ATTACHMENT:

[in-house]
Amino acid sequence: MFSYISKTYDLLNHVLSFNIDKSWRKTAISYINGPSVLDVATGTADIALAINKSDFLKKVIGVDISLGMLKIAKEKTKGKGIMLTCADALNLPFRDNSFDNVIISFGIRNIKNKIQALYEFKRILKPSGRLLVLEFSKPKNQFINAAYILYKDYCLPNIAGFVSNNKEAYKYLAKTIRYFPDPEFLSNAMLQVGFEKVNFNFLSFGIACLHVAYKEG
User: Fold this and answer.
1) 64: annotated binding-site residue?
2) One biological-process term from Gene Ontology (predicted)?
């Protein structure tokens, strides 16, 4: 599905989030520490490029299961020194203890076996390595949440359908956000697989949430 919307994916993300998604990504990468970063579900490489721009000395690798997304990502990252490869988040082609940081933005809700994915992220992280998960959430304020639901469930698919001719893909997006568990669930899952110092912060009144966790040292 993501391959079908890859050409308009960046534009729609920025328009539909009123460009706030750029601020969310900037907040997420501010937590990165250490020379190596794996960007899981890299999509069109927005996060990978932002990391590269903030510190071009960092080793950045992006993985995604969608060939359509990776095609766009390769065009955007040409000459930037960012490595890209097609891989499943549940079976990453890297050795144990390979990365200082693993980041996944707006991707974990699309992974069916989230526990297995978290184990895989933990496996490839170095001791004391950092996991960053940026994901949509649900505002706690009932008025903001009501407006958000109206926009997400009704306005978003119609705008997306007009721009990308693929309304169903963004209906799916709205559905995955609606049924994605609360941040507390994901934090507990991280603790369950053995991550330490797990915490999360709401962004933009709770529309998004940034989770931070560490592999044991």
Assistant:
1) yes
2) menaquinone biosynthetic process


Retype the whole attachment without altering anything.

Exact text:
[in-house]
Amino acid sequence: MFSYISKTYDLLNHVLSFNIDKSWRKTAISYINGPSVLDVATGTADIALAINKSDFLKKVIGVDISLGMLKIAKEKTKGKGIMLTCADALNLPFRDNSFDNVIISFGIRNIKNKIQALYEFKRILKPSGRLLVLEFSKPKNQFINAAYILYKDYCLPNIAGFVSNNKEAYKYLAKTIRYFPDPEFLSNAMLQVGFEKVNFNFLSFGIACLHVAYKEG
User: Fold this and answer.
1) 64: annotated binding-site residue?
2) One biological-process term from Gene Ontology (predicted)?
């Protein structure tokens, strides 16, 4: 599905989030520490490029299961020194203890076996390595949440359908956000697989949430 919307994916993300998604990504990468970063579900490489721009000395690798997304990502990252490869988040082609940081933005809700994915992220992280998960959430304020639901469930698919001719893909997006568990669930899952110092912060009144966790040292 993501391959079908890859050409308009960046534009729609920025328009539909009123460009706030750029601020969310900037907040997420501010937590990165250490020379190596794996960007899981890299999509069109927005996060990978932002990391590269903030510190071009960092080793950045992006993985995604969608060939359509990776095609766009390769065009955007040409000459930037960012490595890209097609891989499943549940079976990453890297050795144990390979990365200082693993980041996944707006991707974990699309992974069916989230526990297995978290184990895989933990496996490839170095001791004391950092996991960053940026994901949509649900505002706690009932008025903001009501407006958000109206926009997400009704306005978003119609705008997306007009721009990308693929309304169903963004209906799916709205559905995955609606049924994605609360941040507390994901934090507990991280603790369950053995991550330490797990915490999360709401962004933009709770529309998004940034989770931070560490592999044991």
Assistant:
1) yes
2) menaquinone biosynthetic process